This issue of the AMBER Advocate reviews activities of the 2021 National Missing Children’s Day on May 25th and reviews AMBER Alert cases and activities in various states and internationally.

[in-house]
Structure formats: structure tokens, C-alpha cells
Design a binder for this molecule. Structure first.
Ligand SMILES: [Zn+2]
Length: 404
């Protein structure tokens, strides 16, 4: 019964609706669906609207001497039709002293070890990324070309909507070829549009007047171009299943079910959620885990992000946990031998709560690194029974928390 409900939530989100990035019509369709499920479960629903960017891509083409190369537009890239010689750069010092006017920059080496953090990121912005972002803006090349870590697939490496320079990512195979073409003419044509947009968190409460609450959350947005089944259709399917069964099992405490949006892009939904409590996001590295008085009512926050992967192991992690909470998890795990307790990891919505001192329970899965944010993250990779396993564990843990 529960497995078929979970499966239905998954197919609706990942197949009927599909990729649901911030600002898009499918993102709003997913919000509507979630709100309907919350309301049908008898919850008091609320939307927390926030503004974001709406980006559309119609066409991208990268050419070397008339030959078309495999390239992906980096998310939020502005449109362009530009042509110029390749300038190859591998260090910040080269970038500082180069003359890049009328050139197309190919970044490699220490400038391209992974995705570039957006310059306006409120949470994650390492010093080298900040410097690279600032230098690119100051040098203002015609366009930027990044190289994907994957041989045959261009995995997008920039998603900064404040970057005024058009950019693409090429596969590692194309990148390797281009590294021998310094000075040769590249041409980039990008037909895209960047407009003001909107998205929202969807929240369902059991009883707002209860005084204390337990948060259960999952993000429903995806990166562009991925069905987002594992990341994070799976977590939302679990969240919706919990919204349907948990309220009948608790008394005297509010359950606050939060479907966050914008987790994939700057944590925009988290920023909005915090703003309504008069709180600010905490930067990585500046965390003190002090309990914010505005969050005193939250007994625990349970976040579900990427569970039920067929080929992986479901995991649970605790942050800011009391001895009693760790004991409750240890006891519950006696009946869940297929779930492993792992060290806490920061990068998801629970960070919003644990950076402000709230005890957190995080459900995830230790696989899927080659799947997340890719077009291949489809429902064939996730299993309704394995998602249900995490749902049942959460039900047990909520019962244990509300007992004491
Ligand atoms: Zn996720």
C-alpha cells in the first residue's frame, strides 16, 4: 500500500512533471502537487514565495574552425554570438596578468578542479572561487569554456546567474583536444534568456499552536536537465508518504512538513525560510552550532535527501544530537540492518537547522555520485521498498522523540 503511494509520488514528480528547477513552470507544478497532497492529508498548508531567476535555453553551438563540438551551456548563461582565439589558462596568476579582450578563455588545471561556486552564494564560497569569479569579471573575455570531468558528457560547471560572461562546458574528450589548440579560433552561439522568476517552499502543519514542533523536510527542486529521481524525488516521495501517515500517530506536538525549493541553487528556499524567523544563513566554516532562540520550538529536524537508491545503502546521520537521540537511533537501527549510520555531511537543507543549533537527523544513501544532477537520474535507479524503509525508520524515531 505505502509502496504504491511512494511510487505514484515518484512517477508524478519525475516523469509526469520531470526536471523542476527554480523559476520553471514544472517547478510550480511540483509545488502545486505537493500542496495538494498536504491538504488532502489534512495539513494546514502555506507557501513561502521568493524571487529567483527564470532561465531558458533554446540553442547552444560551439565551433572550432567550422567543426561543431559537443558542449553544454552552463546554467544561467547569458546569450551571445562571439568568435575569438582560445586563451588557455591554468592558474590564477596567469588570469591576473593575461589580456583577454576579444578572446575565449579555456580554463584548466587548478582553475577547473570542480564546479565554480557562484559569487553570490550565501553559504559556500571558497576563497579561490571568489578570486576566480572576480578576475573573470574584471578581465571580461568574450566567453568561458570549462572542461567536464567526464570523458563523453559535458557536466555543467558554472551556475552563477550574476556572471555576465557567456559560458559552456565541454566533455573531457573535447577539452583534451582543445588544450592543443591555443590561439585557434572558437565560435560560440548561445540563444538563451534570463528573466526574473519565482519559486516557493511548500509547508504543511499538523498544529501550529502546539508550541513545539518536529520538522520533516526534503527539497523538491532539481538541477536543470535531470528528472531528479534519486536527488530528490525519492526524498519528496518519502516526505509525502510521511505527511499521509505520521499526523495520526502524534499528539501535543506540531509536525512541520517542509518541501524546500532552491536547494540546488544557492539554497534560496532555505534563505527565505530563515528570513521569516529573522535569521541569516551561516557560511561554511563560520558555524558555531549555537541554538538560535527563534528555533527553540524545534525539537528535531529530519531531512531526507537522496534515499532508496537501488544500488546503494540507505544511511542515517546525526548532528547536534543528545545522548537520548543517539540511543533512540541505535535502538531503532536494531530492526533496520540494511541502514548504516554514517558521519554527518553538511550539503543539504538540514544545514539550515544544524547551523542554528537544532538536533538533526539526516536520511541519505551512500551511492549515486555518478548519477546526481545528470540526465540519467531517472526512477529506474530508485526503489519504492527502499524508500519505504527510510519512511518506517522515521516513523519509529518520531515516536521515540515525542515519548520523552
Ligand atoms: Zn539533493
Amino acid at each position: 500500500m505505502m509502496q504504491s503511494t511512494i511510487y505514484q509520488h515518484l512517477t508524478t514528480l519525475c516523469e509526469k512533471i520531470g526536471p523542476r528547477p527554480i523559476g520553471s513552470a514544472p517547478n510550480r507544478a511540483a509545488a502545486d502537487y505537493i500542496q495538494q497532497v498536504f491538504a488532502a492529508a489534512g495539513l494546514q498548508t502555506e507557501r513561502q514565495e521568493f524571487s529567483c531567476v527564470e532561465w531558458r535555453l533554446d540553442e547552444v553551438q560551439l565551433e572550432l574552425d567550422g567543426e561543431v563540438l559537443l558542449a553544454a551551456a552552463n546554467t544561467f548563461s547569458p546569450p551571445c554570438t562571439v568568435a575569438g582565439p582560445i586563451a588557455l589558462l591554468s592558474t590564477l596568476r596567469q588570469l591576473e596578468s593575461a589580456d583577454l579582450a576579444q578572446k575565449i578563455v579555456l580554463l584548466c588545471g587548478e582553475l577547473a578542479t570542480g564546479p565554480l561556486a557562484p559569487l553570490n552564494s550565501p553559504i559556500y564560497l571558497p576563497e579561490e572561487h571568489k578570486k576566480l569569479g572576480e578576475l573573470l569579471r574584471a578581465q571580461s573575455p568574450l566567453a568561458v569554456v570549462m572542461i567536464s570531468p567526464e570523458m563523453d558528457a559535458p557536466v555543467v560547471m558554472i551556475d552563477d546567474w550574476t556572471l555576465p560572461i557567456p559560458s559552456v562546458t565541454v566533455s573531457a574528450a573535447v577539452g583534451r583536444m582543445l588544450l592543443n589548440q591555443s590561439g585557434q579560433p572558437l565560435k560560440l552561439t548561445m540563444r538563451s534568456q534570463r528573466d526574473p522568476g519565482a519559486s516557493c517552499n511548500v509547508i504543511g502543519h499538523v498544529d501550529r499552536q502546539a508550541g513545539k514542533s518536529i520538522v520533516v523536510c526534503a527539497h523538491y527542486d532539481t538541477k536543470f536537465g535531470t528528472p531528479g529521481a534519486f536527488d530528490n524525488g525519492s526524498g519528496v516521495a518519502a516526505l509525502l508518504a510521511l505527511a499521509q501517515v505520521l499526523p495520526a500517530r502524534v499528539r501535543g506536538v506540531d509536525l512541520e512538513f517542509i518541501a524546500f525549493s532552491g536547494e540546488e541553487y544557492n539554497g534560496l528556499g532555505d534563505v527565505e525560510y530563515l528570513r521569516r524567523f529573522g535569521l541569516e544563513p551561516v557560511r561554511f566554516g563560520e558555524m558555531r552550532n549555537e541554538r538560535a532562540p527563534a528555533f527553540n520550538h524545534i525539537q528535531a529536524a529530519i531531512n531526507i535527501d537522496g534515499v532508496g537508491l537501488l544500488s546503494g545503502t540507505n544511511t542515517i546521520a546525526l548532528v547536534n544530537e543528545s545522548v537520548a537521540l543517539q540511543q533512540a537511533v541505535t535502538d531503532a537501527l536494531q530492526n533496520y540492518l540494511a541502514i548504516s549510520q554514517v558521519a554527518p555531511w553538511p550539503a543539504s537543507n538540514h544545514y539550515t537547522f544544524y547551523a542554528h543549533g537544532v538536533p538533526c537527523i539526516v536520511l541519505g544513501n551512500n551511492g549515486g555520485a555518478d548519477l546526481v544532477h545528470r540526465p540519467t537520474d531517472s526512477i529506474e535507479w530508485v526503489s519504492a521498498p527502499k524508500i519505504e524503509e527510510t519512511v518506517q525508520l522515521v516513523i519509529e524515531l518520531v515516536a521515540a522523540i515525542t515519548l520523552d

Missing Children’s Day is celebrated in the United States and internationally. It is an annual remembrance that reminds everyone to join the fight to bring missing and abducted children home. On this year’s 38th annual National Missing Children’s Day, the U.S. Department of Justice recognized those who have made extraordinary efforts in protecting children from harm and bringing perpetrators of harm to children to justice. Activities in various cities on this day are summarized. A profiled AMBER Alert case in Missouri features a suspect in an armed child abduction case turning himself in to authorities after quick work by Missouri AMBER Alert partners. Lessons learned are reported. The section on “Faces of the AMBER Alert” profiles the work of Deborah Flory of the Maryland State Police, who is assigned to the Criminal Enforcement Division’s (CED) Child Recovery Unit as the AMBER Alert and Silver Alert Coordinator. Her assignment includes the AMBER Alert program. The Child Recovery Unit uses specialized computer skills and cell phone knowledge to track and locate critical missing and abducted children in Maryland. AMBER Alert international activities focus on events in the Netherlands, the Bahamas, Canada, and Great Britain. Brief statements on AMBER Alert activities in the United States pertain to Virginia’s new alert system for missing adults with autism; a TikTok video that offers new clues in a 2003 kidnapping of a Washington State girl; a phone scam that leads to a New Hampshire AMBER Alert for a child who was not abducted; California’s Mendocino County’s testing of an AMBER Alert system; and privacy advocates’ efforts to limit Massachusetts police from using license plate readers.